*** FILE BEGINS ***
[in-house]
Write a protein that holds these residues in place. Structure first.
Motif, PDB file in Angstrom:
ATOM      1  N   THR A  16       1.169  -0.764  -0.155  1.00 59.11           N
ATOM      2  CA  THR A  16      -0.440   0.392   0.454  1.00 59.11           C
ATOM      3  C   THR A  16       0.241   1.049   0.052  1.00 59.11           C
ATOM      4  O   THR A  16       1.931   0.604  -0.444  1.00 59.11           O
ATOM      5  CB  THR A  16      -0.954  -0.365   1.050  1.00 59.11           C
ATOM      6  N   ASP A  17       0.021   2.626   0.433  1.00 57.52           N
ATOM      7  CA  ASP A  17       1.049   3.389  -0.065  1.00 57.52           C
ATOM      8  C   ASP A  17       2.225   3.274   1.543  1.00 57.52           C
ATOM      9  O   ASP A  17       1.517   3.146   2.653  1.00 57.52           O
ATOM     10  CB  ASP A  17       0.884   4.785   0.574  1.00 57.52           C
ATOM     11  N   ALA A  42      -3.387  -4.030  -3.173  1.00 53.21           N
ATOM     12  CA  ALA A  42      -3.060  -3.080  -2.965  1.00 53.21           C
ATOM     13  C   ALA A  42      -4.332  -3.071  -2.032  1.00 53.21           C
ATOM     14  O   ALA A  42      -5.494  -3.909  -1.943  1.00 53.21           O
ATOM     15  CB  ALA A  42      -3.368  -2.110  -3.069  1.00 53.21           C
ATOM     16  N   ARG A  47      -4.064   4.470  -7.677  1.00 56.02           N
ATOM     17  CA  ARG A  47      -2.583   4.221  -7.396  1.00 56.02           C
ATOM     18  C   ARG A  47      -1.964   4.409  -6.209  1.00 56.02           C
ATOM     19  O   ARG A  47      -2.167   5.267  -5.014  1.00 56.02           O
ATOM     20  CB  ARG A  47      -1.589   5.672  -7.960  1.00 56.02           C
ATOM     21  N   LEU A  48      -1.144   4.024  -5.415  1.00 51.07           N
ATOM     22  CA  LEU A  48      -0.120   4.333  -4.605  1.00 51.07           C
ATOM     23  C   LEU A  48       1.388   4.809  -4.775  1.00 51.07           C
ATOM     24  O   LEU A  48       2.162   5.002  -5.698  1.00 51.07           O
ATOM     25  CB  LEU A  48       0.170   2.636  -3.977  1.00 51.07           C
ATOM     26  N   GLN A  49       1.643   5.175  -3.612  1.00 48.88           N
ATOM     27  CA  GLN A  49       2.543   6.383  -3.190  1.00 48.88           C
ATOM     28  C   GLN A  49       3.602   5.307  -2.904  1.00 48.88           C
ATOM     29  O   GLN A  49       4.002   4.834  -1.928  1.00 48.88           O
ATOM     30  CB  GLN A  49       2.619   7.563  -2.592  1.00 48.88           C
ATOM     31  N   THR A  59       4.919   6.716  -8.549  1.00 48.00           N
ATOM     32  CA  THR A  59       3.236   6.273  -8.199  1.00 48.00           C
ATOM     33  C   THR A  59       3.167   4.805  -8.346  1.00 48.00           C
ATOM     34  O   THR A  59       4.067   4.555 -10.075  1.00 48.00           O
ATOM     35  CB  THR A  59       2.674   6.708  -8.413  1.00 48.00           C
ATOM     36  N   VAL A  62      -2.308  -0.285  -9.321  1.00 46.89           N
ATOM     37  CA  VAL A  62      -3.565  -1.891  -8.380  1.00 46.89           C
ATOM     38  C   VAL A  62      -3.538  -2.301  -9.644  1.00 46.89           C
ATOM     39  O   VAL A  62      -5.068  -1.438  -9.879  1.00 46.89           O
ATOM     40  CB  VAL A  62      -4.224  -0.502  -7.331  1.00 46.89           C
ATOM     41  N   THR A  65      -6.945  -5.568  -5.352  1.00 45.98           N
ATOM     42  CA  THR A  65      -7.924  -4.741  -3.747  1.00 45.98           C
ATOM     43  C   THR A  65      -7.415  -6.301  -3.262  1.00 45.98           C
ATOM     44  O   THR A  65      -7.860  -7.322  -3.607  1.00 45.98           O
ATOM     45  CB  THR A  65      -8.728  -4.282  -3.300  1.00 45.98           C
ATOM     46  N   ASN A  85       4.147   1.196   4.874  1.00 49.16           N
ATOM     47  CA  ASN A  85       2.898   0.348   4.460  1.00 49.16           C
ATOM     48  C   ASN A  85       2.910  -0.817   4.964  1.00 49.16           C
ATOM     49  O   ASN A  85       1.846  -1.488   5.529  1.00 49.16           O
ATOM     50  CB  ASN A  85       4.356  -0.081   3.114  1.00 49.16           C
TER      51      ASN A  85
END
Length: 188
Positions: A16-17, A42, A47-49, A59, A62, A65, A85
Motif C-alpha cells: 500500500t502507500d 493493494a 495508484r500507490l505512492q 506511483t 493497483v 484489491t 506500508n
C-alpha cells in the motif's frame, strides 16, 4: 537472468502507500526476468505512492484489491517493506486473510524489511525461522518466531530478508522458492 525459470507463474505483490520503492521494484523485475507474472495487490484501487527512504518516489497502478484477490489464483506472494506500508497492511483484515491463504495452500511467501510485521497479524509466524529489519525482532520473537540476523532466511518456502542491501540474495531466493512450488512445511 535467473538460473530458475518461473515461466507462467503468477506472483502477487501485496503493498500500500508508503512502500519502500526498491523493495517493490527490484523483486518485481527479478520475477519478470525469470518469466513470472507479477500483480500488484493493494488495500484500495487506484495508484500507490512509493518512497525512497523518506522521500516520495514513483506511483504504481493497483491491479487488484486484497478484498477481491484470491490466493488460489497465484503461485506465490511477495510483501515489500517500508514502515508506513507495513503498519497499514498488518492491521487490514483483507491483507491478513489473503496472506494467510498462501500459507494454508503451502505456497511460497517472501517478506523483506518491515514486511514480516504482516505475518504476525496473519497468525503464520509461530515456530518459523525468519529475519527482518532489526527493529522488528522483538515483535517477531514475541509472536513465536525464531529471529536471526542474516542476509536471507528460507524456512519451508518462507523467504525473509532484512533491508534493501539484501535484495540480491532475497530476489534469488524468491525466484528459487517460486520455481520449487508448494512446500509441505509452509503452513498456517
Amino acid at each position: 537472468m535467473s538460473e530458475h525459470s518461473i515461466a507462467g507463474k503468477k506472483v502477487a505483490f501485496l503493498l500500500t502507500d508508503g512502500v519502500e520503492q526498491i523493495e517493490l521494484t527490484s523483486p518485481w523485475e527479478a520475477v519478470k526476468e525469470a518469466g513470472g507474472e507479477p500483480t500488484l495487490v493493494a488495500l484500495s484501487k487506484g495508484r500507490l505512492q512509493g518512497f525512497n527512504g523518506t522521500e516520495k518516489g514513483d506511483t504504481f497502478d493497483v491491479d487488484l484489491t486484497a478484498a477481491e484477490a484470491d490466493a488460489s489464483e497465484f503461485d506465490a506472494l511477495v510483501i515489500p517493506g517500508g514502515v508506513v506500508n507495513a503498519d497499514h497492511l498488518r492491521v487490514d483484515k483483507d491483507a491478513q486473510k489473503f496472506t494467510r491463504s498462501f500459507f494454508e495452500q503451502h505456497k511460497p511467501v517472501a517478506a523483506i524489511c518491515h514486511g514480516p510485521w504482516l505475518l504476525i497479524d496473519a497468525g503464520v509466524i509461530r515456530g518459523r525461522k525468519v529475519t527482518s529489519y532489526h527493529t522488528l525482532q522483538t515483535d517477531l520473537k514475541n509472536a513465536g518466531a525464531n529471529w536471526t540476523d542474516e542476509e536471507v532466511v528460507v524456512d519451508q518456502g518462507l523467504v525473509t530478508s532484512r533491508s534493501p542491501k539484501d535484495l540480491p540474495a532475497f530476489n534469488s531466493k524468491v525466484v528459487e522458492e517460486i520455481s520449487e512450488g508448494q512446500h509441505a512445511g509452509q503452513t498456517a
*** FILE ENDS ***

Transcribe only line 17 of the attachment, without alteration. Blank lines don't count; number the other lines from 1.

ATOM     14  O   ALA A  42      -5.494  -3.909  -1.943  1.00 53.21           O